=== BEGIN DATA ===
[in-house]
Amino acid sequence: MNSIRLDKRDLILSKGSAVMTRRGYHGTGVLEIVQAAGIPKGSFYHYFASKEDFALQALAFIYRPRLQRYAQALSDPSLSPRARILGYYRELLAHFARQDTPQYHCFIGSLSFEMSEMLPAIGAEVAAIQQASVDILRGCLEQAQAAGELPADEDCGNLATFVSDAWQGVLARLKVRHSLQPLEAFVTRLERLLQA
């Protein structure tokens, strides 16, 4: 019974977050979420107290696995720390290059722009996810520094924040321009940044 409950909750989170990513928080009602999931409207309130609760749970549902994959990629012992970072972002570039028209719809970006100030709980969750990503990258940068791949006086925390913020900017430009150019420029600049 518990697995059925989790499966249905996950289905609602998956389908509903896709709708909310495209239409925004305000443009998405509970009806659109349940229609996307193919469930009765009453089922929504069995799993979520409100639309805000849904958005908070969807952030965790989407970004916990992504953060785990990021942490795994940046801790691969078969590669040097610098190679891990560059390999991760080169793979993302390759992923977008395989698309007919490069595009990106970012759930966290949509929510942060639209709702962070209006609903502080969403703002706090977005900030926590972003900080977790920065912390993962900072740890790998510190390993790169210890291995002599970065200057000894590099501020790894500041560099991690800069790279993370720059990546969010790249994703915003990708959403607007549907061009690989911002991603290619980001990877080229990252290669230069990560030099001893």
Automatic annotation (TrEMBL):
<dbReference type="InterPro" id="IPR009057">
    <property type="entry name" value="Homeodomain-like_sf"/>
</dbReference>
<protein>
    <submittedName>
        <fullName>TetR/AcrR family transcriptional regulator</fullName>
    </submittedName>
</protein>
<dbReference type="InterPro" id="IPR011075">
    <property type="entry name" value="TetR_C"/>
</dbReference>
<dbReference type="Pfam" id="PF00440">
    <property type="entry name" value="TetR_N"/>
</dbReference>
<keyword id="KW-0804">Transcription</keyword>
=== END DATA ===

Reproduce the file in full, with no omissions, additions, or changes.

[in-house]
Amino acid sequence: MNSIRLDKRDLILSKGSAVMTRRGYHGTGVLEIVQAAGIPKGSFYHYFASKEDFALQALAFIYRPRLQRYAQALSDPSLSPRARILGYYRELLAHFARQDTPQYHCFIGSLSFEMSEMLPAIGAEVAAIQQASVDILRGCLEQAQAAGELPADEDCGNLATFVSDAWQGVLARLKVRHSLQPLEAFVTRLERLLQA
């Protein structure tokens, strides 16, 4: 019974977050979420107290696995720390290059722009996810520094924040321009940044 409950909750989170990513928080009602999931409207309130609760749970549902994959990629012992970072972002570039028209719809970006100030709980969750990503990258940068791949006086925390913020900017430009150019420029600049 518990697995059925989790499966249905996950289905609602998956389908509903896709709708909310495209239409925004305000443009998405509970009806659109349940229609996307193919469930009765009453089922929504069995799993979520409100639309805000849904958005908070969807952030965790989407970004916990992504953060785990990021942490795994940046801790691969078969590669040097610098190679891990560059390999991760080169793979993302390759992923977008395989698309007919490069595009990106970012759930966290949509929510942060639209709702962070209006609903502080969403703002706090977005900030926590972003900080977790920065912390993962900072740890790998510190390993790169210890291995002599970065200057000894590099501020790894500041560099991690800069790279993370720059990546969010790249994703915003990708959403607007549907061009690989911002991603290619980001990877080229990252290669230069990560030099001893």
Automatic annotation (TrEMBL):
<dbReference type="InterPro" id="IPR009057">
    <property type="entry name" value="Homeodomain-like_sf"/>
</dbReference>
<protein>
    <submittedName>
        <fullName>TetR/AcrR family transcriptional regulator</fullName>
    </submittedName>
</protein>
<dbReference type="InterPro" id="IPR011075">
    <property type="entry name" value="TetR_C"/>
</dbReference>
<dbReference type="Pfam" id="PF00440">
    <property type="entry name" value="TetR_N"/>
</dbReference>
<keyword id="KW-0804">Transcription</keyword>